function onPlayerReadyVidible(e){'undefined'!=typeof HPTrack&&HPTrack.Vid.Vidible_track(e)}!function(e,i){if(e.vdb_Player){if('object'==typeof commercial_video){var a='',o='m.fwsitesection='+commercial_video.site_and_category;if(a+=o,commercial_video['package']){var c='&m.fwkeyvalues=sponsorship%3D'+commercial_video['package'];a+=c}e.setAttribute('vdb_params',a)}i(e.vdb_Player)}else{var t=arguments.callee;setTimeout(function(){t(e,i)},0)}}(document.getElementById('vidible_1'),onPlayerReadyVidible); Mylan NV (MYL.O) has been hit with a new proposed class action lawsuit over the price of its EpiPen allergy treatment, which shot up to more than $600 for a two-pack of the device from less than $100 in 2007. The lawsuit was filed on Monday in Tacoma, Washington, federal court by three EpiPen purchasers. It claims Mylan engaged in a scheme with pharmacy benefit managers, or PBMs - companies that act as intermediaries between pharmacies, insurers and drug companies - to dominate the market and overcharge consumers. Although other lawsuits have been filed over EpiPen pricing, Monday’s is the first to focus on the role of PBMs and to bring claims under the Racketeer Influenced and Corrupt Organizations Act, a federal law historically used against organized crime. Mylan spokeswoman Nina Devlin declined to comment. The EpiPen, acquired by Mylan in 2007, is a hand-held device that treats life-threatening allergic reactions by automatically injecting a dose of epinephrine. The company now sells a $300 generic version. The plaintiffs in Monday’s lawsuit say Mylan paid large rebates to PBMs so they would favor EpiPen over competitors. In helping Mylan control 95 percent of the epinephrine auto-injector market, the rebates artificially inflated EpiPen’s sticker price, resulting in higher costs for many patients, the suit said. The lawsuit says the three largest U.S. pharmacy benefits managers - CVS Caremark, part of CVS Health (CVS.N); Express Scripts Holding Co (ESRX.O) and OptumRX, part of UnitedHealth Group Inc (UNH.N) - aided Mylan’s alleged scheme. They were not named as defendants. The plaintiffs are seeking damages to represent a nationwide class of EpiPen purchasers. Mylan has grappled with a growing backlash from U.S. consumers over the price of EpiPen in the last year. Other class action lawsuits have been filed against Mylan over the pricing of EpiPen, including two currently consolidated in Kansas federal court. However, they have not focused on the role of PBMs. The company is also under investigation by the Federal Trade Commission and said last September that it had agreed to a $465 million settlement with the U.S. Justice Department over how the drug was classified for government buyers. The Justice Department has not confirmed the settlement. Mylan Chief Executive Officer Heather Bresch has said that the company makes only about $100 per EpiPen pack, and that most consumers pay less than $50 for a two-pack. The plaintiffs in Monday’s lawsuit said Bresch falsely tried to paint Mylan as a “victim” of a flawed healthcare system and avoid its own responsibility in setting rebates. The case is Rainey et al v. Mylan Specialty LP, U.S. District Court, Western District of Washington, No. 17-cv-05244.   (Reporting by Brendan Pierson in New York; Editing by Dan Grebler) -- This feed and its contents are the property of The Huffington Post, and use is subject to our terms. It may be used for personal consumption, but may not be distributed on a website.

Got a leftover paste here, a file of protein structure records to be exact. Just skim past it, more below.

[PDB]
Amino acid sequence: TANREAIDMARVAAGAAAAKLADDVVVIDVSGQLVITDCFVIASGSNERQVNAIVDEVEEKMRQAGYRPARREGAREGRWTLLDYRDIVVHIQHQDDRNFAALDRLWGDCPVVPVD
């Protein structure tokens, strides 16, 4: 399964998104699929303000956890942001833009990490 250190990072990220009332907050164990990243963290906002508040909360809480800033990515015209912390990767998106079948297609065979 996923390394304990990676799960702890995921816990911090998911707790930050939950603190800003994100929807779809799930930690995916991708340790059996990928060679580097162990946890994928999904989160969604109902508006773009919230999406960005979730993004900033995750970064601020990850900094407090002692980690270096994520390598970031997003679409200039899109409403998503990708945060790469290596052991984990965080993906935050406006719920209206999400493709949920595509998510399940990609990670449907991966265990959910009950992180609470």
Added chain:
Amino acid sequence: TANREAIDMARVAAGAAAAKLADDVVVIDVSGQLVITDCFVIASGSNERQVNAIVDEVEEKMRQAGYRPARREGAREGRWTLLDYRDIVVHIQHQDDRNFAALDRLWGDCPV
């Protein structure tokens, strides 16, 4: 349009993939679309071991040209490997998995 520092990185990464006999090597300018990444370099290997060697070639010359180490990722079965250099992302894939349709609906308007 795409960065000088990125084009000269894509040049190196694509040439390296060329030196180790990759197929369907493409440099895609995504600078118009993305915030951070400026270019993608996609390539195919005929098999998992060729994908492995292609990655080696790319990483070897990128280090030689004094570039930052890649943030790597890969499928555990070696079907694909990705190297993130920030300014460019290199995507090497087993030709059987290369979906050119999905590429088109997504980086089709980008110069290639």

04 апреля, 17:24

Teva's Austedo Gets FDA Nod for Huntington Disease Treatment

Teva Pharmaceutical Industries Ltd. (TEVA) recently announced that the FDA has approved its investigational drug, Austedo (deutetrabenazine) tablets for the treatment of chorea associated with Huntington disease (HD).